Dr. Bonnet believes we can codify the DNA of successful companies in a 2x2 matrix. Consultants from Capgemini and other global shops have certainly codified the 2x2 matrix formula for successfully presenting concepts. Get ready for the ultimate 2x2 matrix comparing digital capability to leadership capability, with "Digital Masters" excelling at both. Companies achieving digital mastery don't cluelessly experiment with tech like "Fashionistas" or transform in narrow ways like "Conservatives." No sir-ee, bub. If you want your company to be a Digital Master, you can take the expensive route of hiring consultants to show you a 2x2 matrix. Alternatively, you can wait until Leading Digital comes to your local public library and see this 2x2 matrix yourself for free.
I want to explore the metrics consultants use to evaluate revenue generation efficiency. It sometimes appears connected to headcount (i.e., revenue per employee) but that can't be the only KPI. Executives executing a digital transformation need a balanced scorecard of revenue efficiency measures per employee, product line, market segment, asset count (trucks, railcar, store, hotel, whatever). They also need traditional financial metrics from Cloudonomics.
The customer experience (CX) attracts customer data that becomes Big Data when amalgamated with credit history, geolocation, seasonality, and other things external to one purchase decision. Big Data is the foundation of every automated and optimized process that's about to transform every sector. The cloud services price war between Oracle and its biggest competitors will attract every enterprise into the cloud and force them to find paths to digital mastery.
Digital adoption no longer requires either/or choices between fully automated routine processes and human empowerment that allows daily decisions. I do not understand why Dr. Bonnet limited his discussion of archetypes to five discrete choices. There's no reason why a company can't be flexible enough to adapt them all to a business model.
I agree with Dr. Bonnet that true transformation demands strong top-down vision and leadership. The C-suites should remember what I said above about KPIs. The KPIs determine whether product lines are meeting the right milestones. The CKO can help by reviewing the DIKW pyramid and evaluating whether the transformation project makes the upward flow of data more efficient. The traditional waterfall transformation process may be less successful than an iterative process with beta experiments and A/B tests.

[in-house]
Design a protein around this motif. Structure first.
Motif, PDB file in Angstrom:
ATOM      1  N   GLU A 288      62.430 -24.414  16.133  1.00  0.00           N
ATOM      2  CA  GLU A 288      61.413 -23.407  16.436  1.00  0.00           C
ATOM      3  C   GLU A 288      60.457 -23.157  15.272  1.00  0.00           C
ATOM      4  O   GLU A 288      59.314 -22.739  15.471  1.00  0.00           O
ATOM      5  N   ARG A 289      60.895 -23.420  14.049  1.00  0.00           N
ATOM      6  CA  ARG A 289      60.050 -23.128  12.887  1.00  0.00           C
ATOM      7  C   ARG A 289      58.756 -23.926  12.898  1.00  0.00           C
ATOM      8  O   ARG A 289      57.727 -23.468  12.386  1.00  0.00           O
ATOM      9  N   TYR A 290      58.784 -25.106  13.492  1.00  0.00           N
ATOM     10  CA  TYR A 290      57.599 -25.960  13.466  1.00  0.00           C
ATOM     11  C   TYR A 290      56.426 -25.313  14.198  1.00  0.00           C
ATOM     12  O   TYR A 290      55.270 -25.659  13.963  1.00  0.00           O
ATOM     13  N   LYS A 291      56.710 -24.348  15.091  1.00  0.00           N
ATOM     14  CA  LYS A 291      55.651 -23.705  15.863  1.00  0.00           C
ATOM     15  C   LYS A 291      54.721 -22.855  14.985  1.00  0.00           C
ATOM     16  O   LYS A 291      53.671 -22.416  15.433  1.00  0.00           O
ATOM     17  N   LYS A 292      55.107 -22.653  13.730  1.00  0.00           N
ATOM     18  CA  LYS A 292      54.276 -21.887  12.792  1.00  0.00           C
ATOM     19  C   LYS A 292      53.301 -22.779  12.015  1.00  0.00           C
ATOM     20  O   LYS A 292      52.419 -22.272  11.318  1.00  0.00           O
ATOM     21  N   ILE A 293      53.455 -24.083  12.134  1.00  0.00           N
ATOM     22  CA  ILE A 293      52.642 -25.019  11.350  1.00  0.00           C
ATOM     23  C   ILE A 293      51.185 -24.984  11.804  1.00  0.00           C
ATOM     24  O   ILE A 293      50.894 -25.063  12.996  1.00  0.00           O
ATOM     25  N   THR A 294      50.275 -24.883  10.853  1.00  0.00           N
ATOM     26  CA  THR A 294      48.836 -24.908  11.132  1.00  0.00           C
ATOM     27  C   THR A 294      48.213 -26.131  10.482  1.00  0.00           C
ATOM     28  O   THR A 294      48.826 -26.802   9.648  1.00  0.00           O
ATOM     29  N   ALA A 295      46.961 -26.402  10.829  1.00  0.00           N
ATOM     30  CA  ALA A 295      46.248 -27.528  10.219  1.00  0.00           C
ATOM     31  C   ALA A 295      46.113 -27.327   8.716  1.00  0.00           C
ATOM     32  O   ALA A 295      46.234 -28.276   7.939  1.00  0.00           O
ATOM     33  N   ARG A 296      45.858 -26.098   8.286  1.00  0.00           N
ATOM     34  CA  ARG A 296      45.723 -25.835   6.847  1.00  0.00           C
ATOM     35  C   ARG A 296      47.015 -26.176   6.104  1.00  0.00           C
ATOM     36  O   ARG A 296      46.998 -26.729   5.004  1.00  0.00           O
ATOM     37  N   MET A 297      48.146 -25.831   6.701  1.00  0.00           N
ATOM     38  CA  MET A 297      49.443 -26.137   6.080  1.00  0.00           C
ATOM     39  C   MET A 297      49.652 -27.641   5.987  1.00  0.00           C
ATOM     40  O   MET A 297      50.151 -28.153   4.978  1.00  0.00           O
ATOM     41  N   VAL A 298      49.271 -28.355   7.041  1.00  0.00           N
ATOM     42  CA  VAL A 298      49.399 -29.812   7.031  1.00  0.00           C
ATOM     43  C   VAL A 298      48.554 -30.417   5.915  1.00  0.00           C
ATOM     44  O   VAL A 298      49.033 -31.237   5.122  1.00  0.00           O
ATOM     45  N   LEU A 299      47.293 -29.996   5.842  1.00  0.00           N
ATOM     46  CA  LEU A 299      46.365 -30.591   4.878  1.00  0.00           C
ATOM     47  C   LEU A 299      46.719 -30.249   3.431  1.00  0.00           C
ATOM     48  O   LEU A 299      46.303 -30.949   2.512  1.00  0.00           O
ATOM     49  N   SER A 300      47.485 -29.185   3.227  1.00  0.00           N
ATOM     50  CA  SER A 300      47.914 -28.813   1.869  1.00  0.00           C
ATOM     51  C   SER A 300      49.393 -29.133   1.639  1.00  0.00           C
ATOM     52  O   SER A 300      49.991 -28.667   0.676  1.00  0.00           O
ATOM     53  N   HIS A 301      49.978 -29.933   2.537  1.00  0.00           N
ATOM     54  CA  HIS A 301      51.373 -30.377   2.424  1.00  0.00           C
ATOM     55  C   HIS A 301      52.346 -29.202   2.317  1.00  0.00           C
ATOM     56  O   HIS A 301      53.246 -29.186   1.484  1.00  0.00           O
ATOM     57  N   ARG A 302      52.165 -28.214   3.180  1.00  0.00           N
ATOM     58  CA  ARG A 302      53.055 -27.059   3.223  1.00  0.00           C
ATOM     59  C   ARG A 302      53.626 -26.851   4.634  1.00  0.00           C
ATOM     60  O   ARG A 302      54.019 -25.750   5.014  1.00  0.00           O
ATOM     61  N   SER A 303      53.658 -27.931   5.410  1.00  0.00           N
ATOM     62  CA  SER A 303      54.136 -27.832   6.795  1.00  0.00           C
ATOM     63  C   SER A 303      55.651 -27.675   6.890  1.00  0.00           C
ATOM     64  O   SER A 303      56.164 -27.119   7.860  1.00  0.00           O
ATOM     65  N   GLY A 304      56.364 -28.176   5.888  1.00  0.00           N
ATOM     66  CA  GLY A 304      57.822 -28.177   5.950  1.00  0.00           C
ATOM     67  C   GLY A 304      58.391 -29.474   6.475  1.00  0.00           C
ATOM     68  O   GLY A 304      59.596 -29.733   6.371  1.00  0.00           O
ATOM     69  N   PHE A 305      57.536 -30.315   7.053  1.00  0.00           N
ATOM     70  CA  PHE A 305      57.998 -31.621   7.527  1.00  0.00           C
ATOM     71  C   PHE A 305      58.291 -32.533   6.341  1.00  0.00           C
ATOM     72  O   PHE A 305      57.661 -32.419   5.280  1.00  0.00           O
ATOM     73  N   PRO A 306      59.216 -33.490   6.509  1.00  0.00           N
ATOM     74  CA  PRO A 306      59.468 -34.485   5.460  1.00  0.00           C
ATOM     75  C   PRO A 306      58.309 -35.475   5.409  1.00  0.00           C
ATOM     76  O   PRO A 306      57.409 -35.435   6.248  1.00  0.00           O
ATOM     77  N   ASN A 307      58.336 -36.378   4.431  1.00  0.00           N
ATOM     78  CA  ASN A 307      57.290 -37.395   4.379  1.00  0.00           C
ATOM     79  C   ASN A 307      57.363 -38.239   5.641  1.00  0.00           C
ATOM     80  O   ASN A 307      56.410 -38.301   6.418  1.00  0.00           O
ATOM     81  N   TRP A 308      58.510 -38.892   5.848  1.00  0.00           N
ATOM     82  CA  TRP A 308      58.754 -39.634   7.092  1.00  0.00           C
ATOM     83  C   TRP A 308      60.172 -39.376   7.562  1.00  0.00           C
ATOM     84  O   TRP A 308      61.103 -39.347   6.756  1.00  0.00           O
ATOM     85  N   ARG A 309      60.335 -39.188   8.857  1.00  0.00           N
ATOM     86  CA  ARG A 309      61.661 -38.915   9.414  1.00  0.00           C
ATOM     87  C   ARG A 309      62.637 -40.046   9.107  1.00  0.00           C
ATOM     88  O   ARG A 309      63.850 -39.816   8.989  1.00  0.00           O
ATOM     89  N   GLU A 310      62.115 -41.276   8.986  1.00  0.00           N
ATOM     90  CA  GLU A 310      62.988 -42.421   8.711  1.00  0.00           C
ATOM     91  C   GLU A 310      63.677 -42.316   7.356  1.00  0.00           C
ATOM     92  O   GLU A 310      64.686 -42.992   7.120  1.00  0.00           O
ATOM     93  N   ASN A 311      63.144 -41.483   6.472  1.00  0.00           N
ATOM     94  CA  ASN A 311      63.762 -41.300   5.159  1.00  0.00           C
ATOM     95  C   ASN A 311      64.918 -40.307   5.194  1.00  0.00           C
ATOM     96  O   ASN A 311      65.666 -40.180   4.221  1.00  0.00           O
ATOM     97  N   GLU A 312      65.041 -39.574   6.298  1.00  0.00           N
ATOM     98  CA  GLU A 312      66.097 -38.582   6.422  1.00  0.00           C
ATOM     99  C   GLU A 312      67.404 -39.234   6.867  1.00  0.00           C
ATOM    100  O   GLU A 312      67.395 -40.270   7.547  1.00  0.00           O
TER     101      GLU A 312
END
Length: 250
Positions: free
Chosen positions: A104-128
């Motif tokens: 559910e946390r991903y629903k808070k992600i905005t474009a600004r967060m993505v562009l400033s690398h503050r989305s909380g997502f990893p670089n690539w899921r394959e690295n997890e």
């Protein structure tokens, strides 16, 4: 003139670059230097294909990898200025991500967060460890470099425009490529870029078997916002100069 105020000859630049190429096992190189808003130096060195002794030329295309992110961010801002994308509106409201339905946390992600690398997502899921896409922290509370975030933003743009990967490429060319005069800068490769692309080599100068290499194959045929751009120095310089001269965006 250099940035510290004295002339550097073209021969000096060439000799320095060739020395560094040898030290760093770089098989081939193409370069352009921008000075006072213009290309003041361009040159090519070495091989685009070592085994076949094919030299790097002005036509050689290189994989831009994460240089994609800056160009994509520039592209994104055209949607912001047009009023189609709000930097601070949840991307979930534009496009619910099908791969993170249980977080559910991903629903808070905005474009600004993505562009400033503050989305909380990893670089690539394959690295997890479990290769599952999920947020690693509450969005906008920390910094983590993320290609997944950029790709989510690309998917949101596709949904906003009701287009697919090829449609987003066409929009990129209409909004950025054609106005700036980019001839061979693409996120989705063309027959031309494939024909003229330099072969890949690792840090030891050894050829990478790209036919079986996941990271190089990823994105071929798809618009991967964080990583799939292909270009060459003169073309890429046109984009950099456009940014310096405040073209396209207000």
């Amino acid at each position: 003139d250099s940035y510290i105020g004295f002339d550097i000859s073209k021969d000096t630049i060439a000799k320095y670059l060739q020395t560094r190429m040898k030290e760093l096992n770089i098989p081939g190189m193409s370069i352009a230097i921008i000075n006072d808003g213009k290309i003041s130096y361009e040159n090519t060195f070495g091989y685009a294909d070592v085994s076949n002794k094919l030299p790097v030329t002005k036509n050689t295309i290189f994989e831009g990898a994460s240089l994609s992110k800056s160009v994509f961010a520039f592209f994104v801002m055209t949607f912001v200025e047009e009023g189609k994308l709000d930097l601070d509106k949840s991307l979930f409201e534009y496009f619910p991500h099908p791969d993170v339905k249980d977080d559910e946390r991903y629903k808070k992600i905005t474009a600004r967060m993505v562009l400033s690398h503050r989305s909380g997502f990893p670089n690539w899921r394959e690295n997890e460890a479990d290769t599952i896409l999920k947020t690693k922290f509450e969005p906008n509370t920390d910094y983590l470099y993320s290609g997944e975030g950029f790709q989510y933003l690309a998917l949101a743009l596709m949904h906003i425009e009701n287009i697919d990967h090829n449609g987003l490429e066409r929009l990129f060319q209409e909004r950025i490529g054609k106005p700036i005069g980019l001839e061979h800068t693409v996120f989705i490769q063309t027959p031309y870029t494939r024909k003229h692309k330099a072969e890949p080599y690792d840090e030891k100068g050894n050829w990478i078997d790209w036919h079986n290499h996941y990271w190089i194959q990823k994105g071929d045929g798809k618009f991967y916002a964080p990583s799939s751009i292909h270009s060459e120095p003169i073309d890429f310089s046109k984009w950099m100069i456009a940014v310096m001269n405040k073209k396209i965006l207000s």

The other senior Oracle executive who spoke after Dr. Bonnet related some product updates. Oracle is making big commitments to unstructured data, visualization, and in-memory tech. The Hadoop "data lake" is some sort of unstructured source where Big Data flows out. The BI systems increasingly use visual analytics for our post-literate culture. I suppose the next step is gamifying the results to incentivize non-IT managers to use the full range of analytic suite tools in their workflows.
I was impressed with the demonstrated visualization tools available at Oracle Cloud. Machine learning helps pick the appropriate format for each data set, and visualization tools enable APIs that enable drag n' drop mobile apps. Any domain user can create "data mashups" from mixes of in-house Excel models and Big Data feeds with no coding needed.
Enterprise BI systems can even track external social media feeds for a contact. I presume this works for contacts loaded into both CRM prospect pipelines and HR recruiting pipelines. Oh BTW, Oracle and other leading enterprises insist that HR is now human capital management (HCM). This is the ultimate in know-your-customer behavior. I've told people that any skilled professional who does not have a social media footprint will soon be invisible in the workforce because they will have difficulty quantifying their economic value. Individuals need as much digital transformation as enterprises.